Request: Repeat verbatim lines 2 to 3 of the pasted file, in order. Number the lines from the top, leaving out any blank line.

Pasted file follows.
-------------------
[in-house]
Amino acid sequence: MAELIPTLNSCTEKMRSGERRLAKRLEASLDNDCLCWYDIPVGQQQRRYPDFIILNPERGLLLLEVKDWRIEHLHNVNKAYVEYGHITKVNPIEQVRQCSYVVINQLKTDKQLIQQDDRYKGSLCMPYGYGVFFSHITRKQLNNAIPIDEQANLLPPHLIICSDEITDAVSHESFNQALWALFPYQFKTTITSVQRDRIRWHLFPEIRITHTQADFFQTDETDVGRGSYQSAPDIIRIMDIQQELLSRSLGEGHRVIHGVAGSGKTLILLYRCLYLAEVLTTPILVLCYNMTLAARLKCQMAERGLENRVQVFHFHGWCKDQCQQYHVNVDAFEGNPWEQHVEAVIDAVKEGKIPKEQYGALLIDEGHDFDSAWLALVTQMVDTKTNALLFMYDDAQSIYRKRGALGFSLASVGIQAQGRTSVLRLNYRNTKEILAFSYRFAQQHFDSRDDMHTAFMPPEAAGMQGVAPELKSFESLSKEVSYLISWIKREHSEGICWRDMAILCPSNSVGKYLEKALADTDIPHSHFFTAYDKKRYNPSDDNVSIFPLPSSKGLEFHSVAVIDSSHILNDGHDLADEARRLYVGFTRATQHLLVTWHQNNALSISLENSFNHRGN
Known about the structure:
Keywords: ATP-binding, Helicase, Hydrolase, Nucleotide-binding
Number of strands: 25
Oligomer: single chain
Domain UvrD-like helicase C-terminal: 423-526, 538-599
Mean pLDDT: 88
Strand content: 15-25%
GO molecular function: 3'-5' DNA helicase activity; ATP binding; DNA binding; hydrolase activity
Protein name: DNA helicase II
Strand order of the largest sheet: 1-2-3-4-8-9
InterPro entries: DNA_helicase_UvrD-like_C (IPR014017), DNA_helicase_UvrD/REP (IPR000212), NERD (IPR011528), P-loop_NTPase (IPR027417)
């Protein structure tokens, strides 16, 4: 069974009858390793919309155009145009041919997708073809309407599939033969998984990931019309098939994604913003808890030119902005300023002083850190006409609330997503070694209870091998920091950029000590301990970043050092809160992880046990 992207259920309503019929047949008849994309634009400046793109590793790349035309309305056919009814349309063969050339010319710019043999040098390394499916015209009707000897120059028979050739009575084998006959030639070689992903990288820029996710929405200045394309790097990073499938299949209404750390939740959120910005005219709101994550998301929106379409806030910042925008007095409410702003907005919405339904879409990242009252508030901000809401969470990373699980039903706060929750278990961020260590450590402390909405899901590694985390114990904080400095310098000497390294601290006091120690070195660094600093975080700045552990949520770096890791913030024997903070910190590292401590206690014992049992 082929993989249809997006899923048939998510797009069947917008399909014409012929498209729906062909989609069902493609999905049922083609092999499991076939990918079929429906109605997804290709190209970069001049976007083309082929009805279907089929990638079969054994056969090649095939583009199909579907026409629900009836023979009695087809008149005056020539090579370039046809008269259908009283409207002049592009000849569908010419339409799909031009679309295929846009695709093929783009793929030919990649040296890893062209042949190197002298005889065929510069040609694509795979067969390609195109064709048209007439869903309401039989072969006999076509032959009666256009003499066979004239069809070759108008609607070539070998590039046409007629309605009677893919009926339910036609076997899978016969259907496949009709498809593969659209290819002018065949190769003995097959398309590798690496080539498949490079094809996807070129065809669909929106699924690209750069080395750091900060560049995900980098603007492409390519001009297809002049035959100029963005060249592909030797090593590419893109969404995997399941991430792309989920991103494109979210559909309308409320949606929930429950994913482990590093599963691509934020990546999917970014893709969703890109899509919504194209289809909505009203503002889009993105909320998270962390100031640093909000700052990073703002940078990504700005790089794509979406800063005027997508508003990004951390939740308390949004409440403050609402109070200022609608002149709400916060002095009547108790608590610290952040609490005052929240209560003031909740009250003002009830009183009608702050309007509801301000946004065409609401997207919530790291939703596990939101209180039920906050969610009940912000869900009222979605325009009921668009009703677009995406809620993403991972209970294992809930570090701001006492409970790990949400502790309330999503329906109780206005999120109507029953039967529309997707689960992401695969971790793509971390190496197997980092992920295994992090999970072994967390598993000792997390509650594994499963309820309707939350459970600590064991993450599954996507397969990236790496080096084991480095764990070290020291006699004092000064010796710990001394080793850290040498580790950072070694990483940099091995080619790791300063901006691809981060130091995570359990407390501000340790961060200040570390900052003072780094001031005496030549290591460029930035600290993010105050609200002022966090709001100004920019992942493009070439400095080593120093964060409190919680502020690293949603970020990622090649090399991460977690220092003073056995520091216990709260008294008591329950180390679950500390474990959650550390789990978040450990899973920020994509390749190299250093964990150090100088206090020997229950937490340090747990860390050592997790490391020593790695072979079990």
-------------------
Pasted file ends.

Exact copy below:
Amino acid sequence: MAELIPTLNSCTEKMRSGERRLAKRLEASLDNDCLCWYDIPVGQQQRRYPDFIILNPERGLLLLEVKDWRIEHLHNVNKAYVEYGHITKVNPIEQVRQCSYVVINQLKTDKQLIQQDDRYKGSLCMPYGYGVFFSHITRKQLNNAIPIDEQANLLPPHLIICSDEITDAVSHESFNQALWALFPYQFKTTITSVQRDRIRWHLFPEIRITHTQADFFQTDETDVGRGSYQSAPDIIRIMDIQQELLSRSLGEGHRVIHGVAGSGKTLILLYRCLYLAEVLTTPILVLCYNMTLAARLKCQMAERGLENRVQVFHFHGWCKDQCQQYHVNVDAFEGNPWEQHVEAVIDAVKEGKIPKEQYGALLIDEGHDFDSAWLALVTQMVDTKTNALLFMYDDAQSIYRKRGALGFSLASVGIQAQGRTSVLRLNYRNTKEILAFSYRFAQQHFDSRDDMHTAFMPPEAAGMQGVAPELKSFESLSKEVSYLISWIKREHSEGICWRDMAILCPSNSVGKYLEKALADTDIPHSHFFTAYDKKRYNPSDDNVSIFPLPSSKGLEFHSVAVIDSSHILNDGHDLADEARRLYVGFTRATQHLLVTWHQNNALSISLENSFNHRGN
Known about the structure: